Slobot About Town LXVIII:

Slobot goes to Wofford's Iron Works!

Slobot was wandering the along Lawson's Fork Creek.

It was a beautiful autumn day.

Slobot followed a trail.

Soon Slobot saw signs of human life, like this barbeque grill...

and this old iron rod.

Slobot then realized that he had stumbled upon the shoals of Wofford's Iron Works. Wofford's Iron Works had its beginnings in 1773 when Joseph Buffington built a bloomery on Lawson's Fork Creek. Buffington chose the site for its natural abundance of iron ore, trees and hydropower. Buffington would later become embroiled in a land dispute with William Wofford. In 1778 William Wofford sold much of his interest in the iron works to Simon Berwick, John Berwick and Charles Elliott.

Slobot found a man-made sluice in the bedrock of the shoals. Slobot figured that it was carved in order to power a water wheel.

The sluice was a chasm far too broad to bridge...

so Slobot used his trusty bow and arrow, as well as some paracord, to traverse the trough.

On the far side of the creek Slobot found what looked like an abutment.

At first Slobot thought that he had found remnants of the Old Georgia Road.

But Slobot soon realized that he had actually discovered a vestige of the old Glendale - Clifton (~ 1900 - 1935) trolley line!

As Slobot sat along the sluice he happened to remember the events of August 8, 1780. Earlier that year - May 12th - Charleston fell to the British. From Charleston the British set their sights inland.

Major Patrick Ferguson was soon charged with raising a Loyalist army. Ferguson's Loyalist forces were to suppress independence-minded settlers in the backcountry.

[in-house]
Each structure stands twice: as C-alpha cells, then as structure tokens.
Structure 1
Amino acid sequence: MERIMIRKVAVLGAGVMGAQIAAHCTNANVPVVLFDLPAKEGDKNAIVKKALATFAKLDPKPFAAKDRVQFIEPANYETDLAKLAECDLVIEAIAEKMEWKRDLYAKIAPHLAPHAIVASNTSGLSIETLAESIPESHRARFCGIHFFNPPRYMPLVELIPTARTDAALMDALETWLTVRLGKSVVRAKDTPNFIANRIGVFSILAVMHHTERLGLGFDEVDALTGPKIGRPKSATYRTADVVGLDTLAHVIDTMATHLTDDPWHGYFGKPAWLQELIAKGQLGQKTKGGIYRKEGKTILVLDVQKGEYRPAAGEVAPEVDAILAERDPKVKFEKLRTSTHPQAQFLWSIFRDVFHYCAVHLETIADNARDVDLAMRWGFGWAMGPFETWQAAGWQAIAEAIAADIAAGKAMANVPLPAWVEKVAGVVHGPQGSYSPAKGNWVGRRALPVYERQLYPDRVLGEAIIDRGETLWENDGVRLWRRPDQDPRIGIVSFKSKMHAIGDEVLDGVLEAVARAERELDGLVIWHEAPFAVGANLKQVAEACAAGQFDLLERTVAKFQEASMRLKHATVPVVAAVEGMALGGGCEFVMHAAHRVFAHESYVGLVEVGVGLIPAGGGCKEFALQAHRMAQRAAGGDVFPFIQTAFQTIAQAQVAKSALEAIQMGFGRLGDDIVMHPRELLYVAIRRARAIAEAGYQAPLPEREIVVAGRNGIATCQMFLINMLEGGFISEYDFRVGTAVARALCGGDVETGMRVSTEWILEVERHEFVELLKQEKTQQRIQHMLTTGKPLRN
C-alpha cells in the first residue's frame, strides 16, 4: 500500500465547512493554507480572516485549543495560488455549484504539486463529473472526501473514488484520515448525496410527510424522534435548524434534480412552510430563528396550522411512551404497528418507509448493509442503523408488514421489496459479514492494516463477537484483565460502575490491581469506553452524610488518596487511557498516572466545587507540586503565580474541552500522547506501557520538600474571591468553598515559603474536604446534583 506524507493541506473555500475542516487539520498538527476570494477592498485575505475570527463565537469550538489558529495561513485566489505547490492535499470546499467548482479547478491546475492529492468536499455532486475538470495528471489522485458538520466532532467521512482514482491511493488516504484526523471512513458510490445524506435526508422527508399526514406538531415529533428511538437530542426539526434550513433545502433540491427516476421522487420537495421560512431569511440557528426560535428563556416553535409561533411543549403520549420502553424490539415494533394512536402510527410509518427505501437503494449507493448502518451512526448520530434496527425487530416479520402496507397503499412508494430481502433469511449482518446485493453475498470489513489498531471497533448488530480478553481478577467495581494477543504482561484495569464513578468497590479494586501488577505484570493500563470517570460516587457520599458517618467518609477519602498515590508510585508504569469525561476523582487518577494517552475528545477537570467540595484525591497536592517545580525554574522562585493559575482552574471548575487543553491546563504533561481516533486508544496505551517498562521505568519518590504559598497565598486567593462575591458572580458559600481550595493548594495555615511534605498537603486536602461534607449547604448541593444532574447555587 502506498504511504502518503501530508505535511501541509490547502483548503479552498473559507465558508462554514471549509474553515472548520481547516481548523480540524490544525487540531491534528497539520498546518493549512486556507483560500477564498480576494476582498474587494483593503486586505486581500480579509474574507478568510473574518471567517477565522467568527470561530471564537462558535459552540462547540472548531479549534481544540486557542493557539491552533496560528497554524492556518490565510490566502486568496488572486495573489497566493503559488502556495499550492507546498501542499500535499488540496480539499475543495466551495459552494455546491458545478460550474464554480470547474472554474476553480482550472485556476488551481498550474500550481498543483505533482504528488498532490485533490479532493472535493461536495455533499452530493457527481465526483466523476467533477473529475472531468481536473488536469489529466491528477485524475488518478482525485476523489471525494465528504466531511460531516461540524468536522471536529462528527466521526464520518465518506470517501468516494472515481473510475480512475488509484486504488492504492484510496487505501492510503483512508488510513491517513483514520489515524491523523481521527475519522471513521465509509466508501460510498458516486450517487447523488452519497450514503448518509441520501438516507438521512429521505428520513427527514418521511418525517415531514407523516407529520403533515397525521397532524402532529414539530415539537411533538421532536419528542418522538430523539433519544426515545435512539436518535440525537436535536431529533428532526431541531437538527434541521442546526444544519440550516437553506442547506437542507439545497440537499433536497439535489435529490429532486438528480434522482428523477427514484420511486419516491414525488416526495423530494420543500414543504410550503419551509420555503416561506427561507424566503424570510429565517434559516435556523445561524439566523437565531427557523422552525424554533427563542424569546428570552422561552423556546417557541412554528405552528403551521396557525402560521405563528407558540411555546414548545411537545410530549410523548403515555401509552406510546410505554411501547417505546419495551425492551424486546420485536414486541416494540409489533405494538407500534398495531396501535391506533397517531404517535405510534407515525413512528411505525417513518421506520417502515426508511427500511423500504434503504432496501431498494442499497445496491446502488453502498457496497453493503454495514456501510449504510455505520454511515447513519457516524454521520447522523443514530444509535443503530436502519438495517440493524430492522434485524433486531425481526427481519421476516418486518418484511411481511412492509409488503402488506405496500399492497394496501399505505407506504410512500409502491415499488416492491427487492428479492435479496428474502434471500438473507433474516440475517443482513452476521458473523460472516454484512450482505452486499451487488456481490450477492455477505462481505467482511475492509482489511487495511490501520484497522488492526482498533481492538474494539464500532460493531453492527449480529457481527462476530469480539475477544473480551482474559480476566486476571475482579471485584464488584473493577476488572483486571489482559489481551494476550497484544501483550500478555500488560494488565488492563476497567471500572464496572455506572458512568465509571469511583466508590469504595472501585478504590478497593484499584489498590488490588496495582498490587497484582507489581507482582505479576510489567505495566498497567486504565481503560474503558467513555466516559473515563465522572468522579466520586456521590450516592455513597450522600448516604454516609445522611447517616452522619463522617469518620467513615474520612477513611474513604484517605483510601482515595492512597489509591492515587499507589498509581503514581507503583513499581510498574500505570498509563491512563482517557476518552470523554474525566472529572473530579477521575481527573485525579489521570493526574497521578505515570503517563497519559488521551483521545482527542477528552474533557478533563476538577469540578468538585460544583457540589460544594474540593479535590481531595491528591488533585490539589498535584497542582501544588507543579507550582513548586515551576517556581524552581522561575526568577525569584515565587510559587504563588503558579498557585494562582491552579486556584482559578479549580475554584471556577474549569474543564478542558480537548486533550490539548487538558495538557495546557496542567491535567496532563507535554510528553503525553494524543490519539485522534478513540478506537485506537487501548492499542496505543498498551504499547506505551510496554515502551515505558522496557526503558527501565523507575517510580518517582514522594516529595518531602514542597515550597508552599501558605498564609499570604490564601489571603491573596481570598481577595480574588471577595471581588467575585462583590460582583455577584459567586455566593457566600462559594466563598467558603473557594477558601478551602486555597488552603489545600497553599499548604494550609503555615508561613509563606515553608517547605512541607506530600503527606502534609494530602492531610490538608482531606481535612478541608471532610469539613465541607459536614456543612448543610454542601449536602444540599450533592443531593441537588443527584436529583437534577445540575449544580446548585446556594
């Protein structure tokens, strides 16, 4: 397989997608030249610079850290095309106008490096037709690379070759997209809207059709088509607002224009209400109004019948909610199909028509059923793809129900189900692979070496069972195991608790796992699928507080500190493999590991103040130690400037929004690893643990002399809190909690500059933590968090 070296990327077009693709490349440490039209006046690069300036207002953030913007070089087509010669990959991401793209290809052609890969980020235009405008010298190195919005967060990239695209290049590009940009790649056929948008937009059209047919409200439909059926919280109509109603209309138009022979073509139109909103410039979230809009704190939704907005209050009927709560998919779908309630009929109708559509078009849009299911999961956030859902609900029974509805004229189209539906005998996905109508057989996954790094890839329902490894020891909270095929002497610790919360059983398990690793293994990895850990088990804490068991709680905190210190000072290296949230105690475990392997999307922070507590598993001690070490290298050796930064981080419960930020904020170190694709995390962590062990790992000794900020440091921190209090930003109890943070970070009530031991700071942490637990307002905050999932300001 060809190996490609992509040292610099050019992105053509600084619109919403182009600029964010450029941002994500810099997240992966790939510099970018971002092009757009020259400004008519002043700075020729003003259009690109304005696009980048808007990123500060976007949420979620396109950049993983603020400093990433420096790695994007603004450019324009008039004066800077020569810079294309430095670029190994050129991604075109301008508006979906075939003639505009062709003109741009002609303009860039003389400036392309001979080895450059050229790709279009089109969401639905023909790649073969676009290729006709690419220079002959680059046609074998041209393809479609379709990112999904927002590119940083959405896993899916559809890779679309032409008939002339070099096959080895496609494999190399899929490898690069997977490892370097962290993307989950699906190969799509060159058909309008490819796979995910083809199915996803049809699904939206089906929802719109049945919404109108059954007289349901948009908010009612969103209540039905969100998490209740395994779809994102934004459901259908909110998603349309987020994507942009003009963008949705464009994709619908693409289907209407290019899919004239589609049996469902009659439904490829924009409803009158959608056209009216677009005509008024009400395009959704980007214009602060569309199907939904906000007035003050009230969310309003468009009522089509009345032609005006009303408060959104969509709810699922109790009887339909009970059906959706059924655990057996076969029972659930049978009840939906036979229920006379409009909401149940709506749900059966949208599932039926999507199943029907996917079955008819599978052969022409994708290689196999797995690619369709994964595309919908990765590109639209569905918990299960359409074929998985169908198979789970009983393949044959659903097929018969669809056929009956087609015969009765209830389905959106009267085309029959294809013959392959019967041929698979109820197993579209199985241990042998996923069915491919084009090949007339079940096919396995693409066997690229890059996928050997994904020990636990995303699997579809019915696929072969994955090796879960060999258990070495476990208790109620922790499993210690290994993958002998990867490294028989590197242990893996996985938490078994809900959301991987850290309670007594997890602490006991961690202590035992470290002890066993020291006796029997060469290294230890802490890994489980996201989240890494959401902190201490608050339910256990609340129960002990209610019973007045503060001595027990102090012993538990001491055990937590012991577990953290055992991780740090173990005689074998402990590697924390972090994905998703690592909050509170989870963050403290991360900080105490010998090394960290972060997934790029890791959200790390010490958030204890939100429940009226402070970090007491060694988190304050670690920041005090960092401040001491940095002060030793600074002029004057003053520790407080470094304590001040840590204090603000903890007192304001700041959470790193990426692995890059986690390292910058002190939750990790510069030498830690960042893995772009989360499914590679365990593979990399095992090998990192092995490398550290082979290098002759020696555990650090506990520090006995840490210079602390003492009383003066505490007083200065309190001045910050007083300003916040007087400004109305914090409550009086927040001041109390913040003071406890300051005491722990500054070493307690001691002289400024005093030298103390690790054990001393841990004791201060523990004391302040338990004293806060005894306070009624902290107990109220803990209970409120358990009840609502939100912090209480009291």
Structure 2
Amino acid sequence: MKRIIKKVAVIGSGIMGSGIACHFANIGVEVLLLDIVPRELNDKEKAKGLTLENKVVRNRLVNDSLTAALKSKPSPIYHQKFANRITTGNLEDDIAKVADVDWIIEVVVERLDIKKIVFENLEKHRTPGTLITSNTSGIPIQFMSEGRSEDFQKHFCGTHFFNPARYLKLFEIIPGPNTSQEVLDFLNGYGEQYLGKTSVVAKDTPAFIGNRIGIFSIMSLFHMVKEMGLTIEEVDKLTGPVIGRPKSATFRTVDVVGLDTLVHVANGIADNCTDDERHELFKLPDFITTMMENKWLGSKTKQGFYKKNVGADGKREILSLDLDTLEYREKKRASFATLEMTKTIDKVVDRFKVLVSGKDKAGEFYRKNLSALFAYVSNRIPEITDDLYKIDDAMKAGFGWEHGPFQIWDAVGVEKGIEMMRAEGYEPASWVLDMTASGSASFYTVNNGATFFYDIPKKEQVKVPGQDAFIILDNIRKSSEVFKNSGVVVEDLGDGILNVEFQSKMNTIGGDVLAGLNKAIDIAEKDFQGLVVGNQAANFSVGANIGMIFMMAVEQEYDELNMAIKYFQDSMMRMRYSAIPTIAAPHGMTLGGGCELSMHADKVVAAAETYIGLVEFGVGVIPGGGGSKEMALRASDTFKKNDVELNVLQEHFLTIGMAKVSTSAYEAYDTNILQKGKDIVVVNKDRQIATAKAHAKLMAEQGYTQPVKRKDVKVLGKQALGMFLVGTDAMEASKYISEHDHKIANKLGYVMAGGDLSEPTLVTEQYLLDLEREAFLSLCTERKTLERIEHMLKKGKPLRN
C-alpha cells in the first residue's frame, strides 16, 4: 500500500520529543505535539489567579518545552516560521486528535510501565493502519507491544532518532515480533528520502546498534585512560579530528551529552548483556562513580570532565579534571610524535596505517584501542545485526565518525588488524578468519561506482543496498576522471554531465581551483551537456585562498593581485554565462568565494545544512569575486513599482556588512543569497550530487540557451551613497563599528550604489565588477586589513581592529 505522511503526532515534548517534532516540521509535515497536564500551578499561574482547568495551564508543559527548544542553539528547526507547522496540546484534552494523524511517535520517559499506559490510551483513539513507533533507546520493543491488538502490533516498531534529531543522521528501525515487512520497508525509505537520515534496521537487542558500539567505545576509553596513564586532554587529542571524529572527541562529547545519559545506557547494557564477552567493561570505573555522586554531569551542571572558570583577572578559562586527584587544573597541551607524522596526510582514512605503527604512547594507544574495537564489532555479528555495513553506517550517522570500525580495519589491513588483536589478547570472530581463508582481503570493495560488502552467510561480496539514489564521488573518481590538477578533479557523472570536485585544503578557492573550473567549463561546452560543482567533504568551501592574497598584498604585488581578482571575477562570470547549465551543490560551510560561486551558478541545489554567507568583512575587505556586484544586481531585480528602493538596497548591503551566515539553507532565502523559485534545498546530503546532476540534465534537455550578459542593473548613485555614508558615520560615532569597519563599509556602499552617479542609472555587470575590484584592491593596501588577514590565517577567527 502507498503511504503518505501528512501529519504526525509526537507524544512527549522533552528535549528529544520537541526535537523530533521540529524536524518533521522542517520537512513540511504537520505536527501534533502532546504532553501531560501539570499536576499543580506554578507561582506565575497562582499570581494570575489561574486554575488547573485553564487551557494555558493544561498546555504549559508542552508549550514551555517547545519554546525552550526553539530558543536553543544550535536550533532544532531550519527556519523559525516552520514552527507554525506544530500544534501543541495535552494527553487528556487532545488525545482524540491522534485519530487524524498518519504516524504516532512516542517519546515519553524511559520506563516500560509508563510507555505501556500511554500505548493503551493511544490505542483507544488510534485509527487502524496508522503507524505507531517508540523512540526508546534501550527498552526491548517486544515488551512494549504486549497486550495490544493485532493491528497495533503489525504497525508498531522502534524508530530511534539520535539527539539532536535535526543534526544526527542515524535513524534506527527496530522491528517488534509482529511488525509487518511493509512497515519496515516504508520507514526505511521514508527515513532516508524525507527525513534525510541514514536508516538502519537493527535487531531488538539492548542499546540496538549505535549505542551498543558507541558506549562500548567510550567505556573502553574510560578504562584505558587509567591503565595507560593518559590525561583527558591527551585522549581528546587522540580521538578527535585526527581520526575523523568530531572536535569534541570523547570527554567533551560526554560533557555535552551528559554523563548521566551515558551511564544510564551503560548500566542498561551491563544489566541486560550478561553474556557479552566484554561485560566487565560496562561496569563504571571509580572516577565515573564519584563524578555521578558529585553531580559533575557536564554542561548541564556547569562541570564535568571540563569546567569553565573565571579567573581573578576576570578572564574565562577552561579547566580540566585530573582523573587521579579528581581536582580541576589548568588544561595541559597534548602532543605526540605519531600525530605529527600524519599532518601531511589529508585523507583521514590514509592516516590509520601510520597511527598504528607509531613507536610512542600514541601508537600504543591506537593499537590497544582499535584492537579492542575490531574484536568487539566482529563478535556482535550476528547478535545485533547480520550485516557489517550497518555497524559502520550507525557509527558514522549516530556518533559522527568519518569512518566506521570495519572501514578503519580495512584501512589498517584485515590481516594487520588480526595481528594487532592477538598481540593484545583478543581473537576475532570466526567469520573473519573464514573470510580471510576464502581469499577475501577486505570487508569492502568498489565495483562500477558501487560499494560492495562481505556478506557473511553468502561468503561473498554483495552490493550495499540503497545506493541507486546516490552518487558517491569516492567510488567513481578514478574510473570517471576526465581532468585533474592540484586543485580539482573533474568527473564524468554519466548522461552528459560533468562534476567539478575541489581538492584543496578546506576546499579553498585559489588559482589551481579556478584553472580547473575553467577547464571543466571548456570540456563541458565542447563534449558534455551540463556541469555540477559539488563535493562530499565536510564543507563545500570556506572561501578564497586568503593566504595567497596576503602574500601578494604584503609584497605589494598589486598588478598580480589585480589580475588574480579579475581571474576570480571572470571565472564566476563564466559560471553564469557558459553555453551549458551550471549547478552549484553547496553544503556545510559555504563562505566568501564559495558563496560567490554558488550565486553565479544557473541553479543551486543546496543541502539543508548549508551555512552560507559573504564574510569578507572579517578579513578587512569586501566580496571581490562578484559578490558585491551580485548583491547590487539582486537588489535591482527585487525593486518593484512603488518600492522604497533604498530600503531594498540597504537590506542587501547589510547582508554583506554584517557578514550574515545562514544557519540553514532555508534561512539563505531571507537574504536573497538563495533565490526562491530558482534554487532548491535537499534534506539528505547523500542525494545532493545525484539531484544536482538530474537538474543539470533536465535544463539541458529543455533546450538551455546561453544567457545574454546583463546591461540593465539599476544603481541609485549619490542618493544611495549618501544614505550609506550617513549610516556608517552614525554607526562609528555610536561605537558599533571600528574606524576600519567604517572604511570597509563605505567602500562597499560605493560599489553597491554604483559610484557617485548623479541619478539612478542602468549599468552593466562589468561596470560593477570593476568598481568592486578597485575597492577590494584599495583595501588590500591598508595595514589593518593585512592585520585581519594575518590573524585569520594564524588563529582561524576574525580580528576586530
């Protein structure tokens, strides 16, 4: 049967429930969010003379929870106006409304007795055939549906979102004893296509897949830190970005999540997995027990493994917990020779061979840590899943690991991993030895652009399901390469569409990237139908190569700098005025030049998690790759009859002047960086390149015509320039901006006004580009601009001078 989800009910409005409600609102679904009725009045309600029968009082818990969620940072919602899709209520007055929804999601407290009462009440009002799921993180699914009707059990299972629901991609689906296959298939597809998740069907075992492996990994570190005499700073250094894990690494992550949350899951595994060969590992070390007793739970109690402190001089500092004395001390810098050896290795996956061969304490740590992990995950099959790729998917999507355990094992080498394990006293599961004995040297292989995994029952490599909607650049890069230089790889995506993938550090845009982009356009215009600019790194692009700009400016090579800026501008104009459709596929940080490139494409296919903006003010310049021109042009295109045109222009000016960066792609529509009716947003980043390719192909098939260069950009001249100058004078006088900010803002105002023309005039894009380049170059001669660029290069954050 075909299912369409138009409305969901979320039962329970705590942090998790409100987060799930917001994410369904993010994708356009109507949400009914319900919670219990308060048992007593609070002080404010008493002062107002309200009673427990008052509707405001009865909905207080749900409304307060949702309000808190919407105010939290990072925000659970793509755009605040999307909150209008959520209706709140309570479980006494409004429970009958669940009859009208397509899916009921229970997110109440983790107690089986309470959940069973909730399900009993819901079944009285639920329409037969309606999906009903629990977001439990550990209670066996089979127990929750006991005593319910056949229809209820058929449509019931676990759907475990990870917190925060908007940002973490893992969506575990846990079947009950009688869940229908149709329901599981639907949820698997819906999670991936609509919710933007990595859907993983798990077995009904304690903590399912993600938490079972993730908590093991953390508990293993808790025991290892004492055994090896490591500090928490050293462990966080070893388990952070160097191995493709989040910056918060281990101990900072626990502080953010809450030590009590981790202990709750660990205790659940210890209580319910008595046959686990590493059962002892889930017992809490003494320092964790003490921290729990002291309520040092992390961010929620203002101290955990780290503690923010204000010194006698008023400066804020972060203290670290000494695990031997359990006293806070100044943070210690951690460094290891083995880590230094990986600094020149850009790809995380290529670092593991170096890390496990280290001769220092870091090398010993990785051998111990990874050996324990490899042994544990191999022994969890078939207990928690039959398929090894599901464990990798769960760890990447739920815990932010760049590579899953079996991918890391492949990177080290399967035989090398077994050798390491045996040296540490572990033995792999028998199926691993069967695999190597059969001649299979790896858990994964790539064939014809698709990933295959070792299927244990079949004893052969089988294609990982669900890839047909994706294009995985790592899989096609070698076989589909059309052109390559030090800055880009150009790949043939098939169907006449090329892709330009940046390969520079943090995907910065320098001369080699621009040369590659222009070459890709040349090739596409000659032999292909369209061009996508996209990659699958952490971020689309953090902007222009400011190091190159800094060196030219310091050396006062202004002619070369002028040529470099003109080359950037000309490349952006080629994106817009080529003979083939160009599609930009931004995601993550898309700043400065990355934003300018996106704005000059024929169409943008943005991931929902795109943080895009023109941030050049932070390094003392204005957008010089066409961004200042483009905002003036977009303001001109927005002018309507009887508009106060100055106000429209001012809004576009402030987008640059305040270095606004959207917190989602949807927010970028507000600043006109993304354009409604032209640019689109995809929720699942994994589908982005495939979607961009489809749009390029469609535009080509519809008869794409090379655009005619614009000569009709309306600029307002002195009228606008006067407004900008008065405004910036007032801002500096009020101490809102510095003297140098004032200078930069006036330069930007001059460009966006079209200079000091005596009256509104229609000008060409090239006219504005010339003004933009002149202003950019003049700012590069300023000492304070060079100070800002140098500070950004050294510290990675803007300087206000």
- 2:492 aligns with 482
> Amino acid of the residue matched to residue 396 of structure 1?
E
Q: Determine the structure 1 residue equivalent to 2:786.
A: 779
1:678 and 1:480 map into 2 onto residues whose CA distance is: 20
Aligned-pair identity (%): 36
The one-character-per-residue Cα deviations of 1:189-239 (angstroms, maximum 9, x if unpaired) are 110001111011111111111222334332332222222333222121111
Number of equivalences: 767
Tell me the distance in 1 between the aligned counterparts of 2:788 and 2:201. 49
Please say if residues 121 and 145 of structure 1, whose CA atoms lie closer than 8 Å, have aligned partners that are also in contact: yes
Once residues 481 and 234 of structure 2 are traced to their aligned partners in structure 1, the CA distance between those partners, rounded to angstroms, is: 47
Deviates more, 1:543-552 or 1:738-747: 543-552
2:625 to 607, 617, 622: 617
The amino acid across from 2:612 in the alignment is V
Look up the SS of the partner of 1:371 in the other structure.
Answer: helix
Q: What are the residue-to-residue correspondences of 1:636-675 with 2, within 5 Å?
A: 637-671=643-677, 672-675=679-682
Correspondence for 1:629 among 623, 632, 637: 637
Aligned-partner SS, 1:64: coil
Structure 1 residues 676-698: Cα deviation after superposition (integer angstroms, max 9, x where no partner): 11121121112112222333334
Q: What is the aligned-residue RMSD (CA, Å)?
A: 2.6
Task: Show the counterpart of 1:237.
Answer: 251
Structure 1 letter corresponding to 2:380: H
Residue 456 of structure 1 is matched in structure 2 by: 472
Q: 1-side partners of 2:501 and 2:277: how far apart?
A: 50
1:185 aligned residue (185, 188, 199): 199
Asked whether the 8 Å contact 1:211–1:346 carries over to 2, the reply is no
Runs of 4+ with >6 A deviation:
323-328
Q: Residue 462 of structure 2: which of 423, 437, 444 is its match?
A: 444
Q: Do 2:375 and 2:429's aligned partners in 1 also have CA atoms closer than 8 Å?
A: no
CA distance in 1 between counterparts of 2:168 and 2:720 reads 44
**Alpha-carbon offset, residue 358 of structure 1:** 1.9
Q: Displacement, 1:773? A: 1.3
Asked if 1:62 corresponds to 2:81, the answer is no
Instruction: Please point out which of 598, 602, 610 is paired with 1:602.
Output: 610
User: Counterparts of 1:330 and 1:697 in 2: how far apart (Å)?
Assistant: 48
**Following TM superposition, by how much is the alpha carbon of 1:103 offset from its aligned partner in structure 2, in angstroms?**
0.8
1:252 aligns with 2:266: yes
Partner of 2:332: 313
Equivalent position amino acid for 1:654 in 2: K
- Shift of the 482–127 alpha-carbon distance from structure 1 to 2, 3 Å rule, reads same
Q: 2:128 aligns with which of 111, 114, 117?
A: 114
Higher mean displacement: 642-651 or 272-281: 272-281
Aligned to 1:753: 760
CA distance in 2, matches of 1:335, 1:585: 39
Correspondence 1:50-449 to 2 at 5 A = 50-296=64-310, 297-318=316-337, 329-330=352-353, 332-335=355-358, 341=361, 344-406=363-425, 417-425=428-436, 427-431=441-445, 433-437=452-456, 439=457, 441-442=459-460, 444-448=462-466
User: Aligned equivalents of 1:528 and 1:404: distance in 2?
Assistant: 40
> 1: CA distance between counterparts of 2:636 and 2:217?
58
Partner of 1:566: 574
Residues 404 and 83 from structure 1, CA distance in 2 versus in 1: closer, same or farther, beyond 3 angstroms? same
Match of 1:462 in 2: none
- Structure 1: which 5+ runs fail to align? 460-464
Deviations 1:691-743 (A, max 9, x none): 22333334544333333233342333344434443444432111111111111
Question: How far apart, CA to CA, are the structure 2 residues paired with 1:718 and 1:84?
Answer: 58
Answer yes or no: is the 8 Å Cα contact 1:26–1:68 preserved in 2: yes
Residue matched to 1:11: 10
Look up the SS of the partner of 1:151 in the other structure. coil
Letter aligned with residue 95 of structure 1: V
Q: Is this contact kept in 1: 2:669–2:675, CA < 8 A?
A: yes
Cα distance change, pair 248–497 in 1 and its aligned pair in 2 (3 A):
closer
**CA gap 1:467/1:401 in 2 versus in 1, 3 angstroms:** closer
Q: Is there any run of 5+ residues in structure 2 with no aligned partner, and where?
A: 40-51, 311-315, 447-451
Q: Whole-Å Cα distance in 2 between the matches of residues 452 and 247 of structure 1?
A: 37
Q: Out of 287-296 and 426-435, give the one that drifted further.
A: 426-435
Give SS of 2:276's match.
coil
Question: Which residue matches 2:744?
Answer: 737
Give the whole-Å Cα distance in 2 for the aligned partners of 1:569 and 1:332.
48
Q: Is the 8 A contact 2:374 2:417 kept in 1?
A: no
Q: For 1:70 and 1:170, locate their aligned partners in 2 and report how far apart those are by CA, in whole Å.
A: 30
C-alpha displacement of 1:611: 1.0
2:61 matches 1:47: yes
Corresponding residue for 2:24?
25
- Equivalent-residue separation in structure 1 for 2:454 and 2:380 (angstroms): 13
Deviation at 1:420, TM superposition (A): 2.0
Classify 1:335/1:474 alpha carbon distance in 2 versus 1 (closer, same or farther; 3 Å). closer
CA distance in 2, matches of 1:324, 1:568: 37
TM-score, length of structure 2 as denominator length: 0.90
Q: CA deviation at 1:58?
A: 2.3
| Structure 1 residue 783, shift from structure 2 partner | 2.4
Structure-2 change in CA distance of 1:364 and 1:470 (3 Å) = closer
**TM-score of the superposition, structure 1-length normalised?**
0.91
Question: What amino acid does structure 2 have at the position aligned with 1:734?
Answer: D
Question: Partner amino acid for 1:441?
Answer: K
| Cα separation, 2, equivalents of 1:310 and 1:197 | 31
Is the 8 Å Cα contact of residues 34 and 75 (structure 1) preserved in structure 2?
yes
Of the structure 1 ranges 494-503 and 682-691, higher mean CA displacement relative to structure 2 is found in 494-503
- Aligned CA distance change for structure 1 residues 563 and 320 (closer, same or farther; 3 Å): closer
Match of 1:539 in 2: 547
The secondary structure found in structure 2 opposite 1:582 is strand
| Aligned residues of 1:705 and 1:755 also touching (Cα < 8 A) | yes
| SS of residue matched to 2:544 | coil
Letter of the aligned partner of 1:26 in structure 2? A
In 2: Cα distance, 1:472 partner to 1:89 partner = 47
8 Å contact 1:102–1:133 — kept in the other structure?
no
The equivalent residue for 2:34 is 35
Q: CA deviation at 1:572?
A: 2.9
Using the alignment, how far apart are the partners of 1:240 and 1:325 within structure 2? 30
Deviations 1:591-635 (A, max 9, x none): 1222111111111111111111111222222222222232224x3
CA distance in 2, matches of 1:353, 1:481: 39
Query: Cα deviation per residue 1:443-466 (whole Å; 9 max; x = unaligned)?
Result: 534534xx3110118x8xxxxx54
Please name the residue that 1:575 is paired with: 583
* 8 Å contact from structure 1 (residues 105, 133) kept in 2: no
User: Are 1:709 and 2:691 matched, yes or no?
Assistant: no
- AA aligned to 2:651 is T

On August 7, 1780 Patriot forces found themselves encamped near what is now Foster's Tavern. They would break camp the following morning upon word that Ferguson's Loyalist forces were approaching. The Patriots retreated towards the iron works, where they would be attacked by British dragoons and mounted militiamen.

Casualty estimates vary widely with American losses ranging from 3 to 50 killed, and the British from 8 to 34 killed.

The graves of the dead are located somewhere near the shoals, but their headstones have long since vanished.

Major Patrick Ferguson would be killed at the Battle of King's Mountain on October 7, 1780, nearly two months after the Battle of Wofford's Iron Works.

In the the final days of the Revolution, sometime in November 1781, the iron works would be torched by "Bloody Bill" Cunningham's Loyalists.

In the wake of the war the works would be rebuilt. In 1785 William Poole purchased the iron works, which would continue to produce bar iron, iron castings and nails until ~1810.

In 1836 the property would be purchased by Dr. James Bivings. Elsewhere on the property Dr. Bivings would establish the Bivingsville Textile Mill. In ~1867 a new mill was built and, in 1878, the mill would be renamed Glendale.

Slobot would like to thank Alicia Watson, Betsy Teter, John Lane and YOU!